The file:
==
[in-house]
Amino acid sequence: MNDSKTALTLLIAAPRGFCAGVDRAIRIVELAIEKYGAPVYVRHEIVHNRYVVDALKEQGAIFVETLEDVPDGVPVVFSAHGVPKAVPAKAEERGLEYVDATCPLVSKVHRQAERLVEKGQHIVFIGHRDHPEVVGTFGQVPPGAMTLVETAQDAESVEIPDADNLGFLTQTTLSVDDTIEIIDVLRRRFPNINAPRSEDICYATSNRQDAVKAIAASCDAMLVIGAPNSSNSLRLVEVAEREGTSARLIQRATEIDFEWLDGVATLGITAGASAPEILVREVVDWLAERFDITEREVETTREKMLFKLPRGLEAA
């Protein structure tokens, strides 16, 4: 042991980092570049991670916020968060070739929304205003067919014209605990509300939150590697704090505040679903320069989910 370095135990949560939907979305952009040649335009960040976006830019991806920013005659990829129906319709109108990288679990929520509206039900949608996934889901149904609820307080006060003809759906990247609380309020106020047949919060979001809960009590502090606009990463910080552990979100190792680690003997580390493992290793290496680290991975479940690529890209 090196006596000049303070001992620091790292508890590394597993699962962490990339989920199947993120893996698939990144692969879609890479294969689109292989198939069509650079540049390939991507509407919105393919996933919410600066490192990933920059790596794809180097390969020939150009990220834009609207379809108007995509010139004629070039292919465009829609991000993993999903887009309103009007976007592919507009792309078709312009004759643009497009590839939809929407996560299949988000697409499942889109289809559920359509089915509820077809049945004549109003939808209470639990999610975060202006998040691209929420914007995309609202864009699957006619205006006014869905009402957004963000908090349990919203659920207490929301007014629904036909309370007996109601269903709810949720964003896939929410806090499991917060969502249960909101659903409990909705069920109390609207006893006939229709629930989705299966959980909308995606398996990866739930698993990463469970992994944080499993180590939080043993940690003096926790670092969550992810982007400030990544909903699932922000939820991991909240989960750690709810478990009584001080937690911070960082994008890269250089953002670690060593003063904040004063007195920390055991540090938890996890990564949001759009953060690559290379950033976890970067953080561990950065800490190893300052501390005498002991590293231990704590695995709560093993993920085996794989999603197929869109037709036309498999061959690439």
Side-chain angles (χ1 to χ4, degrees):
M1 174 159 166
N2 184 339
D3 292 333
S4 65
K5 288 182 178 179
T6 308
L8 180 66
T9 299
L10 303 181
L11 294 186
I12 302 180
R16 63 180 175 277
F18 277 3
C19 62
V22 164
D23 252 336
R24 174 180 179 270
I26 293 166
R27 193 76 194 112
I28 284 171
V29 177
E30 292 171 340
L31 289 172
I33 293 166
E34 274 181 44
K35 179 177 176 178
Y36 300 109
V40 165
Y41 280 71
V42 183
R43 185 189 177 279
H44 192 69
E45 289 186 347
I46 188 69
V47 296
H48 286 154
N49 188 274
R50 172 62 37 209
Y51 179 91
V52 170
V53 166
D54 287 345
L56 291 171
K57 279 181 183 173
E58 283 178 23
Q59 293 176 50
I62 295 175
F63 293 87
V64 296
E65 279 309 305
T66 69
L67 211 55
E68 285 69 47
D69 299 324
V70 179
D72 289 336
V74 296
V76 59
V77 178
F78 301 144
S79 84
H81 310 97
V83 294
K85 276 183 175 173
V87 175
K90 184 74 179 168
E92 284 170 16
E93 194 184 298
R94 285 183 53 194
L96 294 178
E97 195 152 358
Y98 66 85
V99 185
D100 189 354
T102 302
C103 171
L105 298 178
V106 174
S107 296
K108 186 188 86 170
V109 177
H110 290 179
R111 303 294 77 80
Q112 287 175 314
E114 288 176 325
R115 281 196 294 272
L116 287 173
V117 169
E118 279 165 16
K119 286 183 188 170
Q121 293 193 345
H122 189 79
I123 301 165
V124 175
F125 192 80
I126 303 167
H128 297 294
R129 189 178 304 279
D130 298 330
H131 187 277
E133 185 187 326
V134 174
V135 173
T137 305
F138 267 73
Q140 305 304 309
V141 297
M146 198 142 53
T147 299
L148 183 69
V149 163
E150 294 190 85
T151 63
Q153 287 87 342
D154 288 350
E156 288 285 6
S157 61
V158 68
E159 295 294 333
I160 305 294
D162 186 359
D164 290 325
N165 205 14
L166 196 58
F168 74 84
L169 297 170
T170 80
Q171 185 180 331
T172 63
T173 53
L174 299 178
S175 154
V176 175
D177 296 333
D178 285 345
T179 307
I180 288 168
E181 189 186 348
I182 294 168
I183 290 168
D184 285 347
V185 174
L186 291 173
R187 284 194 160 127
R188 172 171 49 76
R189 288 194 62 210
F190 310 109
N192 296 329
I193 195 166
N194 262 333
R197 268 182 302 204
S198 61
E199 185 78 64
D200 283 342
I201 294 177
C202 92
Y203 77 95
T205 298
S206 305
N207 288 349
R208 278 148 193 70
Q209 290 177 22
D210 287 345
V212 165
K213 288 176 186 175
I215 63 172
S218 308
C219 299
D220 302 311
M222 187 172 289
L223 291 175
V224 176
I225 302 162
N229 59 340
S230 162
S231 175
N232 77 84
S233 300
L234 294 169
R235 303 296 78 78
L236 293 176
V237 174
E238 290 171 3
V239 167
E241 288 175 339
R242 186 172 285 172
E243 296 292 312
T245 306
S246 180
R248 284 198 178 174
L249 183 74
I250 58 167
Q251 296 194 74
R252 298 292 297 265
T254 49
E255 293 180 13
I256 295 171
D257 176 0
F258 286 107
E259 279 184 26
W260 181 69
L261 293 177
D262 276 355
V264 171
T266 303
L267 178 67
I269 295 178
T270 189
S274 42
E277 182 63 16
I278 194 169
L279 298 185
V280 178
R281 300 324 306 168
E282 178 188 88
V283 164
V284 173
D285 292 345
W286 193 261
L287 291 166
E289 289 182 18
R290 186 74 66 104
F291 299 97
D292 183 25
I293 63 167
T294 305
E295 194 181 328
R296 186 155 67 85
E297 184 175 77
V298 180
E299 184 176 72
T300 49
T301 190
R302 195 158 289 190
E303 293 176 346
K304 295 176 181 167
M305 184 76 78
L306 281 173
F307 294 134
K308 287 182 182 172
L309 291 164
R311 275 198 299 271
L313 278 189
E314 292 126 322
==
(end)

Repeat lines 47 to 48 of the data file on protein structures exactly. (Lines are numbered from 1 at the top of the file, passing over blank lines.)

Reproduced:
L56 291 171
K57 279 181 183 173